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‘Doctor Who’ Review: Killer Finale Hints at a Female Doctor and Delivers Some Major Time Lord Plot Twists

Everything is teed up for a pretty eventful Christmas episode.

"Doctor Who"

“Doctor Who”

BBC America

Me, Myself and Missy

Michelle Gomez and John Simm, "Doctor Who"

Michelle Gomez and John Simm, “Doctor Who

Simon Ridgway/BBC America

Missy’s reunion with her former Master self has been nothing short of the highlight of the season, but we can’t but help grouse a little bit about the torturous season-long tease of both her identity as the person in the vault and her untimely end.

The Master’s interaction with Missy is nothing short of hatefully gleeful, diabolical and icky in a narcissistic, mastubatory way. His brush-up boner goes beyond the grossness of “Game of Thrones” twincest. Nevertheless, that very ickiness illustrates just how wrong in the head he is, so it seems in line with the character we’ve already known. Besides, the two of them together have created some excellent chemistry and wordplay.

Missy’s evolution into a person with gentle feelings was dribbled out so sparingly this season that we felt she got short shrift before her big sacrifice. Maybe that was deliberate to maintain the mystery of her loyalties, maybe it came down to Michelle Gomez’s availability.

Nevertheless, having the Master shoot her in the back and presumably kill her (“Don’t bother trying to regenerate. You got the full blast.”) is problematic in a number of ways. Only when she learns to have an ounce of humanity does she die? What sort of tragic, effed-up justice is that? And killed by the male version of herself to boot? That had better not be foreshadowing of what could happen to a female Doctor. Also, the spotty memory loss thread is just far too convenient. She remembers enough to bring a spare thingamajig to fix the Master’s TARDIS but not that he shot her in the back? Ugh. Spare us.

Then again, this could be misdirection (Missy-direction?), maybe she did remember and is faking her death. Perhaps this is the sacrifice necessary for getting a female Doctor. We’re still holding out to that hope (that will no doubt be killed as if the Master shot it in the back, too).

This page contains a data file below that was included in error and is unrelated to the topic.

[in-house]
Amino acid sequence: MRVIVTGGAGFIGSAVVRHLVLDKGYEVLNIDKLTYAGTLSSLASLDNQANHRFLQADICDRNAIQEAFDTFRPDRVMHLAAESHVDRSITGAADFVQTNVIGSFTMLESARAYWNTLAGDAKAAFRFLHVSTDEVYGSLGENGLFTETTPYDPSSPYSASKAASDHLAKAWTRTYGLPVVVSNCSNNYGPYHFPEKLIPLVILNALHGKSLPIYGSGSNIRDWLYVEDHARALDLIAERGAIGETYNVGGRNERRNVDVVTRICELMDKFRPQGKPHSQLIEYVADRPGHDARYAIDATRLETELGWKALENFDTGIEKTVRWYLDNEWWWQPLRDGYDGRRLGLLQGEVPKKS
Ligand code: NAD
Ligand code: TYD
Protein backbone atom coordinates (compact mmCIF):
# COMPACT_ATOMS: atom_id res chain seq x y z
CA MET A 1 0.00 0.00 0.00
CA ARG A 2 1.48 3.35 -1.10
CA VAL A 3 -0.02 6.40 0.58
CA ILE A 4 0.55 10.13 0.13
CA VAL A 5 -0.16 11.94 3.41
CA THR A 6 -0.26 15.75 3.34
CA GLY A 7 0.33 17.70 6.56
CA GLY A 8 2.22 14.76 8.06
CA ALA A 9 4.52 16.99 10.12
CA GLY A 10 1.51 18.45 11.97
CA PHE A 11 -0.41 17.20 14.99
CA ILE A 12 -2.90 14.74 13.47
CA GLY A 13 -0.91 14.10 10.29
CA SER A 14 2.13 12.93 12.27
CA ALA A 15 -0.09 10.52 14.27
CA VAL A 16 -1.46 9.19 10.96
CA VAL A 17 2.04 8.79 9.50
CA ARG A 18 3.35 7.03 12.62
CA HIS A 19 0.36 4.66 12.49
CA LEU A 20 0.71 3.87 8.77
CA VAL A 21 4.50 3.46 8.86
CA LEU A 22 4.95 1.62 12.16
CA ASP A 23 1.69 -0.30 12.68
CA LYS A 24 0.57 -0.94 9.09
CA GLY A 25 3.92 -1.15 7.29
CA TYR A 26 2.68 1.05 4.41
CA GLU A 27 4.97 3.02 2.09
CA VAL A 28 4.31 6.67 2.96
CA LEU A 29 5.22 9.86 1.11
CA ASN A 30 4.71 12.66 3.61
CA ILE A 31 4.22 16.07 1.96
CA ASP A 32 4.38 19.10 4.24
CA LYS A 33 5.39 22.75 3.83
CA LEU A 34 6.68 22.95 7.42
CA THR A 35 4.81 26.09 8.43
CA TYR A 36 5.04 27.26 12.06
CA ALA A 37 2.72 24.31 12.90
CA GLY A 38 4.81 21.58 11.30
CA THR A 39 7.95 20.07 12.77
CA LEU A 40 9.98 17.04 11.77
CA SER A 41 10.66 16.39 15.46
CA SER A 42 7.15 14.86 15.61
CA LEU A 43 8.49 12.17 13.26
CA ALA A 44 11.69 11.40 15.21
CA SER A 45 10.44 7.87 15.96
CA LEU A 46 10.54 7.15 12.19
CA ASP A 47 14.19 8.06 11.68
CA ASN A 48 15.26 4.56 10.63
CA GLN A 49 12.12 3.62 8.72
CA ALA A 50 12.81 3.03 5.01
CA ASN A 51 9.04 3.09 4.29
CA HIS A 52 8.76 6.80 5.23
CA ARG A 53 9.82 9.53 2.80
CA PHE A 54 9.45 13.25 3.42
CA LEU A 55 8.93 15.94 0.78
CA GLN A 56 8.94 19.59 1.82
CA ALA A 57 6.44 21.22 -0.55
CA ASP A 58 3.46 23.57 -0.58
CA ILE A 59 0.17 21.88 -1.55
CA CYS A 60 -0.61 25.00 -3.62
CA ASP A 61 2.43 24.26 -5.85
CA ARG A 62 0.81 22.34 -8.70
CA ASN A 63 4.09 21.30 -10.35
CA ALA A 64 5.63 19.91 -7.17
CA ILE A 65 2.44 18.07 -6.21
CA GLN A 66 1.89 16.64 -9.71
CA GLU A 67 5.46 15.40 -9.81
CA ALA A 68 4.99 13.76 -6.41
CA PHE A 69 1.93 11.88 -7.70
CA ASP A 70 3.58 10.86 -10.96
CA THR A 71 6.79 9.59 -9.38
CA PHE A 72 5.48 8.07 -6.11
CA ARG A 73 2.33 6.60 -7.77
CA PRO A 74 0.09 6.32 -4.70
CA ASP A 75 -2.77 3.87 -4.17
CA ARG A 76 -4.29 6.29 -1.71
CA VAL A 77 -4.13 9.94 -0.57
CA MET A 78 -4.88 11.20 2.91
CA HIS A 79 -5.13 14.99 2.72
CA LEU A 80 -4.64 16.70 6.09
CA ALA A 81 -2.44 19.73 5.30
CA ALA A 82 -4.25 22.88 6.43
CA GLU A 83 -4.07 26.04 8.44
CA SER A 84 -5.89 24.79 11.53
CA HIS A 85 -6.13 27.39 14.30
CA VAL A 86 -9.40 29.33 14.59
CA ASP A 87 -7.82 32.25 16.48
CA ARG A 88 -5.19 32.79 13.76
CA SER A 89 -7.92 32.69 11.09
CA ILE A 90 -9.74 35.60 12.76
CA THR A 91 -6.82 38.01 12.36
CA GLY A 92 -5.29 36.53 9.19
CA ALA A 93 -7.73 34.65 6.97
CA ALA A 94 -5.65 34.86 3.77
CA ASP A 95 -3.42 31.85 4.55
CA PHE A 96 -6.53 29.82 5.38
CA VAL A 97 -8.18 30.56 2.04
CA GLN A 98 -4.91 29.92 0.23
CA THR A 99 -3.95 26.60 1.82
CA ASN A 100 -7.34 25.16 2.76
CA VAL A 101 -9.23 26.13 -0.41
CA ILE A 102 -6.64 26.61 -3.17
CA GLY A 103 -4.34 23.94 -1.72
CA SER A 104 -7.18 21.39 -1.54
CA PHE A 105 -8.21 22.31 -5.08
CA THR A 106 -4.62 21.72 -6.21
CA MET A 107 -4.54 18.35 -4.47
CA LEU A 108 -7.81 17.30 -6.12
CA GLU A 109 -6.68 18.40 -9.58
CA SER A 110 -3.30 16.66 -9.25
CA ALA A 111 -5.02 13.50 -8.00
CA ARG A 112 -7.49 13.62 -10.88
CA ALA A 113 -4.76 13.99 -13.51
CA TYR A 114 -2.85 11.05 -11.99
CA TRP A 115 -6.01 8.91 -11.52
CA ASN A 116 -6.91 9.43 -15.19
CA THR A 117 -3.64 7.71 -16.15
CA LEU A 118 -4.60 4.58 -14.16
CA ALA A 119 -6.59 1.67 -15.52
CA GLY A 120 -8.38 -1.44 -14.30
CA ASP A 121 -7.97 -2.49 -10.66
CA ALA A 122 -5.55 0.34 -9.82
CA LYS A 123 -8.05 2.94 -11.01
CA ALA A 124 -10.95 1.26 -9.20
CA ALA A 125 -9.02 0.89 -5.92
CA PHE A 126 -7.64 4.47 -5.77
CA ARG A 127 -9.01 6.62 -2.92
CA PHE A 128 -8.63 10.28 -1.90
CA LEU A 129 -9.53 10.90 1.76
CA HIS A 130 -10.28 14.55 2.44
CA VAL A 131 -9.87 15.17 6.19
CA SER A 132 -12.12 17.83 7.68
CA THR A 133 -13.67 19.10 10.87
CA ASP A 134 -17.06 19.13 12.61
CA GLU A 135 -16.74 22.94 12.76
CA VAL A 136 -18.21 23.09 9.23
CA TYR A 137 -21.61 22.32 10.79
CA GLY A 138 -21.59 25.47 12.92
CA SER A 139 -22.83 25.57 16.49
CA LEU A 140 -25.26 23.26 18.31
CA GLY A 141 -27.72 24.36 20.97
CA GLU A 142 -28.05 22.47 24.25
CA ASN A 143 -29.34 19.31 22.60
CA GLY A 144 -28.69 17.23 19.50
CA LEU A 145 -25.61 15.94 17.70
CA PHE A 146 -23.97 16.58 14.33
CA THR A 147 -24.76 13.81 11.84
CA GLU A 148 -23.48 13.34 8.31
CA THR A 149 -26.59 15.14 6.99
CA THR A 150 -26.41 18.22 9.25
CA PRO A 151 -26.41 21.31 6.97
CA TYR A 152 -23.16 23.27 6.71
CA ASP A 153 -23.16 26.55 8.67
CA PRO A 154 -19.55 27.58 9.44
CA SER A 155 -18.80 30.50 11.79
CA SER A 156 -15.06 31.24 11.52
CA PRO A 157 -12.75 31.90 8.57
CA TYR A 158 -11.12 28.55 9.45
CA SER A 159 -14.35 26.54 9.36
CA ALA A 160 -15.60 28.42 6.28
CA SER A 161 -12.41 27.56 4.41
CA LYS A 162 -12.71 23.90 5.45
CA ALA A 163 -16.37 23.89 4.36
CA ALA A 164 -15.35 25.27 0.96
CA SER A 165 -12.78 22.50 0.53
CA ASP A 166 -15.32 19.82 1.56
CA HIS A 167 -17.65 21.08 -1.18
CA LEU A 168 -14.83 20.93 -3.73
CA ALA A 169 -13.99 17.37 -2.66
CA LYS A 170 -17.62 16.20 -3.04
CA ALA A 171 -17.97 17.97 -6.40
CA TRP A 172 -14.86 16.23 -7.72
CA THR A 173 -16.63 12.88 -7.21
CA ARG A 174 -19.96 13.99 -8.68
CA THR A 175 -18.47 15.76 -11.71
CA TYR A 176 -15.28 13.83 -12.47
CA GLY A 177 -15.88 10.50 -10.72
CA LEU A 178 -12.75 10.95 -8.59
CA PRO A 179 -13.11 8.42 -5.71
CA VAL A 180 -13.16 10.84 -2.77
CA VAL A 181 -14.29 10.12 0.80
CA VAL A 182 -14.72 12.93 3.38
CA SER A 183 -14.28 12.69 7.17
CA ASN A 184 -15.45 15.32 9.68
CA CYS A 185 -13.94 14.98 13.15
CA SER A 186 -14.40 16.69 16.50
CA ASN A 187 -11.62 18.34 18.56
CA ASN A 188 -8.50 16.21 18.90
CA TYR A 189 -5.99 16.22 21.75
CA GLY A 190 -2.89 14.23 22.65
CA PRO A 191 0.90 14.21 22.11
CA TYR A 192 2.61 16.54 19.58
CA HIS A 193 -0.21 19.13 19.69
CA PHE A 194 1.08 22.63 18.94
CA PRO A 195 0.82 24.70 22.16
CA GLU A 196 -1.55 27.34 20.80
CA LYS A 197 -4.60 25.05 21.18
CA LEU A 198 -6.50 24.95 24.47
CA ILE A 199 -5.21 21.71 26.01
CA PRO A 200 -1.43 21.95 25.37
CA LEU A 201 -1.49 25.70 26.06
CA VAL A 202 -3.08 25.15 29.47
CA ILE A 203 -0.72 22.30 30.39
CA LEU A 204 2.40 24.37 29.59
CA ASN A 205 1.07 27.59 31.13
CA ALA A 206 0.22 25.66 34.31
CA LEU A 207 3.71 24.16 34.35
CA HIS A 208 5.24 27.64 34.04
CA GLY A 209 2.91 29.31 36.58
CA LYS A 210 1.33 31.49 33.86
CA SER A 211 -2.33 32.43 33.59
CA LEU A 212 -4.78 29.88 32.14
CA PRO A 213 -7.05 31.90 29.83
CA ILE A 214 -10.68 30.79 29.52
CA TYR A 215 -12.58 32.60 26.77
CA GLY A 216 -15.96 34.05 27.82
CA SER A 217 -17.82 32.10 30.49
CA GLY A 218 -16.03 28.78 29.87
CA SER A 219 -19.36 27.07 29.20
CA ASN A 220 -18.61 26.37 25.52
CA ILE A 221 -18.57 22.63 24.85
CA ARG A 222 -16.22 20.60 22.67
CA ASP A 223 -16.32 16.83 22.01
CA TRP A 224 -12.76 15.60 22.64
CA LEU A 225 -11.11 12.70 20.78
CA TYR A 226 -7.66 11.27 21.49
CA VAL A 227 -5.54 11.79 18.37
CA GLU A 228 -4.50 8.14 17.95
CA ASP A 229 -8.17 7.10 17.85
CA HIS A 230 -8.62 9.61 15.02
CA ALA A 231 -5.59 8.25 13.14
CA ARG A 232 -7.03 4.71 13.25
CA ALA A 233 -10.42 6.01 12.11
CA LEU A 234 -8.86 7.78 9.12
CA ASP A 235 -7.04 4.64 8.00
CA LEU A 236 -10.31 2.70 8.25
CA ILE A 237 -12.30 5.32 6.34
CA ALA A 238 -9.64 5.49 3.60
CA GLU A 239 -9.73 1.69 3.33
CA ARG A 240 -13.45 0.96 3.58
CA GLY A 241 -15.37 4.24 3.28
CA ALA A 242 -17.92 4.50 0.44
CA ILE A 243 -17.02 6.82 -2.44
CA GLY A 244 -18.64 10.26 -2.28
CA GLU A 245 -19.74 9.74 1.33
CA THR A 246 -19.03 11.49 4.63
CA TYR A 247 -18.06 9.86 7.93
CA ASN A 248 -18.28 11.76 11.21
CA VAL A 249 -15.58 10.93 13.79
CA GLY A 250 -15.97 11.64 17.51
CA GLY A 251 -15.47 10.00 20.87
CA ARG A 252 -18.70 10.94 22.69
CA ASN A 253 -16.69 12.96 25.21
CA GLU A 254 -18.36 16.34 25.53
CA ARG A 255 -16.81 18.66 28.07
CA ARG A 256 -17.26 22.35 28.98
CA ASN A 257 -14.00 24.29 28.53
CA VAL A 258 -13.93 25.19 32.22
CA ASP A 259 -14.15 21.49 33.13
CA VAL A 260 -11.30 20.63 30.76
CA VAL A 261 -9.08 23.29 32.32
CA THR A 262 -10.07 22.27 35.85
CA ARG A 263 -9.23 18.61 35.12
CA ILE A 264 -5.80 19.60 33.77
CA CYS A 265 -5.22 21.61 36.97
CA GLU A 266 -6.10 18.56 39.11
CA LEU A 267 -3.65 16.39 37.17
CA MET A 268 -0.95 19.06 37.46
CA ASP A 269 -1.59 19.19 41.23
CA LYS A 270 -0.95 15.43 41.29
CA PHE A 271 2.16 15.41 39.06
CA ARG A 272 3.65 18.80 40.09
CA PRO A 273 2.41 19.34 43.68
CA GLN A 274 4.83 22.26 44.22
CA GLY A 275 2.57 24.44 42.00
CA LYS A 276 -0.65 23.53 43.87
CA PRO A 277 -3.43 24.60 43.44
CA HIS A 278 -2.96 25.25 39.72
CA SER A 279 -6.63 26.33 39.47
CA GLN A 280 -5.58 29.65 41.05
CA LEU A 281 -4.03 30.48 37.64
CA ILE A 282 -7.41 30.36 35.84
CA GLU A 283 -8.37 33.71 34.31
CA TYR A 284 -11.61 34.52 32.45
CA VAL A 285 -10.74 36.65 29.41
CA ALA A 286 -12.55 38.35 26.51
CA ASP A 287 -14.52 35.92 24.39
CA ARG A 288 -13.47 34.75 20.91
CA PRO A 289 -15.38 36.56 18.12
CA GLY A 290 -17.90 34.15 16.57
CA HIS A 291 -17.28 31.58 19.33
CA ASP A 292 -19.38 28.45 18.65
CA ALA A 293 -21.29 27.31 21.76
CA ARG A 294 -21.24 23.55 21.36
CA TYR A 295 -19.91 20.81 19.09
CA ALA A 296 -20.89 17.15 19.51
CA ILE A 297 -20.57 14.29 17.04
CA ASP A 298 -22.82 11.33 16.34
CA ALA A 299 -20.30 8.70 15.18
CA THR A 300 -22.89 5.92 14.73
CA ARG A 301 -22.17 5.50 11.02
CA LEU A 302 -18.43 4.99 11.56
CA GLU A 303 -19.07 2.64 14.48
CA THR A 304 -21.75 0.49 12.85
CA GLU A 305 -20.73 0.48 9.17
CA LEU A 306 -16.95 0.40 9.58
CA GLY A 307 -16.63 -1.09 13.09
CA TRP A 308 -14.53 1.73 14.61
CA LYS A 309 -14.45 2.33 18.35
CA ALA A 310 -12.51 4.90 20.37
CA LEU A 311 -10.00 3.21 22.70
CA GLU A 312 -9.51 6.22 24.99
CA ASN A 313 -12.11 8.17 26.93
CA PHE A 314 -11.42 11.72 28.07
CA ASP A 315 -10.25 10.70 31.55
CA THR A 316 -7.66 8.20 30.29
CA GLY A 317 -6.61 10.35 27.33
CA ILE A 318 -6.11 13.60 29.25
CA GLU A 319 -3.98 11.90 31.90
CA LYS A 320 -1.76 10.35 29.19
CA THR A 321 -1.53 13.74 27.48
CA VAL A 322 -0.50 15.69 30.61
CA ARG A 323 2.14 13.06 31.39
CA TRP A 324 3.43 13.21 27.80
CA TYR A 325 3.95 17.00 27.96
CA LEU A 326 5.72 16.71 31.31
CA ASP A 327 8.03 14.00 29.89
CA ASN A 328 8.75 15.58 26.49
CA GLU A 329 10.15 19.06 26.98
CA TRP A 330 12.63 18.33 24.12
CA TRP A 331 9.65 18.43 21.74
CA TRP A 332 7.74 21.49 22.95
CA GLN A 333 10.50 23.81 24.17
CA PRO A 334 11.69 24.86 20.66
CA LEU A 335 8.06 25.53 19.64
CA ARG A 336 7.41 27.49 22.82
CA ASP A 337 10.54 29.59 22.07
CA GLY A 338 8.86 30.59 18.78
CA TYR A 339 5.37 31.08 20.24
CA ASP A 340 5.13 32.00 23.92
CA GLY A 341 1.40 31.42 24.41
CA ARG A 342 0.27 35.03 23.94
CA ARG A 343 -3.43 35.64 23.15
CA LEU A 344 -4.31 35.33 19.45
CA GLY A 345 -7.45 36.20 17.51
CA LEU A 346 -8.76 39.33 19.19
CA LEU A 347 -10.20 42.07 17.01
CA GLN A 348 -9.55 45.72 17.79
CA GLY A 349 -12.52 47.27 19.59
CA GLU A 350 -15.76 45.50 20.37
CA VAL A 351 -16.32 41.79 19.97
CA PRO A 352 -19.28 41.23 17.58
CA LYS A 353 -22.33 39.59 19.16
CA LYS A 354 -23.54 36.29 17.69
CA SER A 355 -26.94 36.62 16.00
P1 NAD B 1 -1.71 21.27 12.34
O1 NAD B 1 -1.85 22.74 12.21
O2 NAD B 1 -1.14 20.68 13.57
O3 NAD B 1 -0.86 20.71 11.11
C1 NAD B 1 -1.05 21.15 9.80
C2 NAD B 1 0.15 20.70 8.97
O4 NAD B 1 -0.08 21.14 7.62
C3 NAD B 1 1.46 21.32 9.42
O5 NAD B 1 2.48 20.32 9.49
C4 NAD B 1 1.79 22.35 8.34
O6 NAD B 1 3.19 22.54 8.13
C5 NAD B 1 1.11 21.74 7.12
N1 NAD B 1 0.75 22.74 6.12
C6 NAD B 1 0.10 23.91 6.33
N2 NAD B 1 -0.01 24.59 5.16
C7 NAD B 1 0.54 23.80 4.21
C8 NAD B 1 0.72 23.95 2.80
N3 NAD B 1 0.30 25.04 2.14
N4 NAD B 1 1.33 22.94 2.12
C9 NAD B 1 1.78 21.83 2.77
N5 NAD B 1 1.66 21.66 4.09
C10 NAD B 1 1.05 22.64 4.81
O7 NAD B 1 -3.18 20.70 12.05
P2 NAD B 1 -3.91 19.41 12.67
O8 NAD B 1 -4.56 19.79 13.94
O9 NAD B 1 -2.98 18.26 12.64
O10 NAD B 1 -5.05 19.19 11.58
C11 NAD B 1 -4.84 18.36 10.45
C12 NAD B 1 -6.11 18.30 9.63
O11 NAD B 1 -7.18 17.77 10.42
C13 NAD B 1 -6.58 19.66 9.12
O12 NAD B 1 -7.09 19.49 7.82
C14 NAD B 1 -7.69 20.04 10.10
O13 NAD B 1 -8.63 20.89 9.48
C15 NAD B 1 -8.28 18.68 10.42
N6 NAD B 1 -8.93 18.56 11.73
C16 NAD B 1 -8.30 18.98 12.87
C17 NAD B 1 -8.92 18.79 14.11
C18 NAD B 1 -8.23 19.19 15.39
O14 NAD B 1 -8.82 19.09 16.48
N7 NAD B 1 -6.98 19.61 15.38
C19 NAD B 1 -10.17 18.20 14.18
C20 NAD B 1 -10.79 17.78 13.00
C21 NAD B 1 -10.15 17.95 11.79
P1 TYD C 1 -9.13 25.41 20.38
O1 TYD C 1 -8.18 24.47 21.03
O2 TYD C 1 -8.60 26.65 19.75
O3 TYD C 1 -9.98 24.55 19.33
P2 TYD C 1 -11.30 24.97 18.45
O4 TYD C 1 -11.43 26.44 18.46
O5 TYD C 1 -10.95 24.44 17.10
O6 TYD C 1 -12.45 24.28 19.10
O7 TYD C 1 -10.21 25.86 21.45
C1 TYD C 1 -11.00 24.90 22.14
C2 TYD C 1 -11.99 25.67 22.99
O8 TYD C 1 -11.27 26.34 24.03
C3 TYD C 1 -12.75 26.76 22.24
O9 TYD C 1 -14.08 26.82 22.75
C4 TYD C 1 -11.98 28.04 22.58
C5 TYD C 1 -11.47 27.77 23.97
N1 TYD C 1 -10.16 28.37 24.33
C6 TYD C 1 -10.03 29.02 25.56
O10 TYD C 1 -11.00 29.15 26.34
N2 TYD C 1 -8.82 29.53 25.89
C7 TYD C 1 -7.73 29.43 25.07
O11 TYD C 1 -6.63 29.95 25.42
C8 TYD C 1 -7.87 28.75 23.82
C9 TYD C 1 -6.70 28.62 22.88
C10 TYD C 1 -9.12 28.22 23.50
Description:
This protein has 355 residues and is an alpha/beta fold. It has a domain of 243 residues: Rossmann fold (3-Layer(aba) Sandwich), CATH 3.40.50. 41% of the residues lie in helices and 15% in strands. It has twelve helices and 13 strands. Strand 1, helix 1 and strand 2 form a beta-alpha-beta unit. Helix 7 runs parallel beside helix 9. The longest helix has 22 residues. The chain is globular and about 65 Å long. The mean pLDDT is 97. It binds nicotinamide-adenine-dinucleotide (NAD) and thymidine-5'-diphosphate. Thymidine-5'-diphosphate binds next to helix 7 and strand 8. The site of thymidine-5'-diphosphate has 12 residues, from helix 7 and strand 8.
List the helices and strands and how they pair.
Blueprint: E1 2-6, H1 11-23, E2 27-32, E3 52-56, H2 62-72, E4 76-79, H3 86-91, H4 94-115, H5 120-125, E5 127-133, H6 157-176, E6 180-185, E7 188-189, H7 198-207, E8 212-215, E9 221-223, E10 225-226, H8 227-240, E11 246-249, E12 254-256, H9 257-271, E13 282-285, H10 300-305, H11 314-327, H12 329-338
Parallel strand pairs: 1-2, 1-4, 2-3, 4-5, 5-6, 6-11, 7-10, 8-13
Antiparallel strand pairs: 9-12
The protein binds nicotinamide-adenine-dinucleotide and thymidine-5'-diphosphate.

Straight From the Two Hearts

So much heartache all around. Bill seeing her Cyberman reflection in the mirror and shadow on the wall chipped away at our heart. When the outer Cyberman shell would give way to the sobbing Bill inside, that tore us up.

Pearl Mackie, "Doctor Who"

Pearl Mackie, “Doctor Who”

BBC America

We were shocked at how horrifying it was to hear the Doctor plead, “I don’t want to change again. Never again. I can’t keep on being somebody else.” No matter what the outcome, his weariness about these changes reveals how a long life may not be worth the psychological costs.

And, of course, Missy laughing loudly and ruefully after being bested by herself is just a tragedy. Irony sucks sometimes.


Missy meeting her former self is intriguing, but the black hole creating various time speed differences in the ship made for an intriguing plot development. It effectively meant that escaping into the TARDIS was impossible — unless of course you have a soggy T2 time and space lady on your side.

READ MORE: ‘Doctor Who’: Casting Suggestions for the 13th Doctor Who Aren’t Straight, White Men

Whoniversity Degree

We couldn’t catch everything that the Doctor was screaming while playing gunslinger with the Cybermen, but what we could make out seemed to reference past victorious clashes with the Cybermen. Here are a few:

Telos: The Cybermen had taken over this planet previously populated by the Cryons in order to build their tombs there.
Olga: Possibly Olga Bordmann, a character in the novel Plague of the Cyberman who had helped Eleven fight off the Cyberman in 19th-century Klimtenberg.
Canary Wharf: This area of London hosted a major battle between Daleks and Cybermen, the latter of whom had taken over every landmass.
Planet 14: The Mondas Cybermen took over this planet in the novel “The Invasion.”
“Even on the moon”: Probably a reference to Voga, where the Doctor also had to defeat the genocidal cyborgs.

David Bradley, "Doctor Who"

David Bradley, “Doctor Who”


Bradley, best known for playing the Red Wedding planner Walder Frey on “Game of Thrones” and Argus Filch in the “Harry Potter” franchise, has portrayed William Hartnell already once in the dramatization of the early “Who” years film, “An Adventure in Space and Time.” He’s been a friend of the Whoniverse for a while, also appearing as Solomon in the “Dinosaurs on a Spaceship” episode and the voice of Shansheeth Blue in “The Sarah Jane Adventures.”

The montage of past Companions also saying, “Doctor!” are all pretty recognizable, but where was Rory (Arthur Darvill)?


The Master, and then Missy separately, to Nardole: “The doctor is dead. Told me he’s always hated you”

Missy to the Doctor: “Look, there’s Bill: dead, dismembered, fed through a grinder, squeezed into a Cyberman, doomed to spend an eternal afterlife into a biomechanical psycho zombie.”

Missy to the Doctor: “I’ve been secretly on your side all along, you silly sausage.”

The Master to the Doctor: “Right, while you’re ben here chatting up Robo-Mop, me and me have found it.”

The Master to Missy: “Come on, lady version.”

Missy to the Master: “I loved being you, every second of it. Oh how you burned like the sun, like a whole screaming world on fire. I remember that feeling and I always will. And I will always miss it.”

The Master to Missy: “You see, Missy, this is where we’ve always been going. This is our perfect ending. We shoot ourselves in the back.”

Grade: A-

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